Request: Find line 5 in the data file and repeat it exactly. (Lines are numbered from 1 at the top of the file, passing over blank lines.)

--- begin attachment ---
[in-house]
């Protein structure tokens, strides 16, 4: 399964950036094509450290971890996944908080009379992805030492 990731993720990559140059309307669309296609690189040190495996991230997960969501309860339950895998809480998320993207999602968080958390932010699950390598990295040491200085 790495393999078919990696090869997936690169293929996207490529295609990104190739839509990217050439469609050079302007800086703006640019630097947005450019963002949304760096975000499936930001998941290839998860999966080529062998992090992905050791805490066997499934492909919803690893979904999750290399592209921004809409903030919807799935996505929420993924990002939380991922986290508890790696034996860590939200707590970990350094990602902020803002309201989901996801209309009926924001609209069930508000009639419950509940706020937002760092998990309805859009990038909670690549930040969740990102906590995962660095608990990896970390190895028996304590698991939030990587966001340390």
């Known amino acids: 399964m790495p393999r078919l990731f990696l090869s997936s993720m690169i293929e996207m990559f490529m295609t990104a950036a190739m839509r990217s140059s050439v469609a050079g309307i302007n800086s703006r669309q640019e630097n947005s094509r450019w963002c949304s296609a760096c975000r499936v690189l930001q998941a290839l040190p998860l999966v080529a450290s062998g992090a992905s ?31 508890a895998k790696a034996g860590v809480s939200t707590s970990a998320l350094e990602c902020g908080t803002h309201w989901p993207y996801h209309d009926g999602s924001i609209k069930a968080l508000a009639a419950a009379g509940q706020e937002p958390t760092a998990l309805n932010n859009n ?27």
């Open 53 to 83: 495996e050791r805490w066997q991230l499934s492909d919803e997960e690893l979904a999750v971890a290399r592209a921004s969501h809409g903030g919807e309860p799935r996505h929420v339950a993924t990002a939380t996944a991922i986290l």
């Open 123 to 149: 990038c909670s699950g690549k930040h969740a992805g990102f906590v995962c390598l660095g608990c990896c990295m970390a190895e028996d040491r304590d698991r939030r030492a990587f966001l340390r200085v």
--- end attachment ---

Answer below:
């Open 123 to 149: 990038c909670s699950g690549k930040h969740a992805g990102f906590v995962c390598l660095g608990c990896c990295m970390a190895e028996d040491r304590d698991r939030r030492a990587f966001l340390r200085v």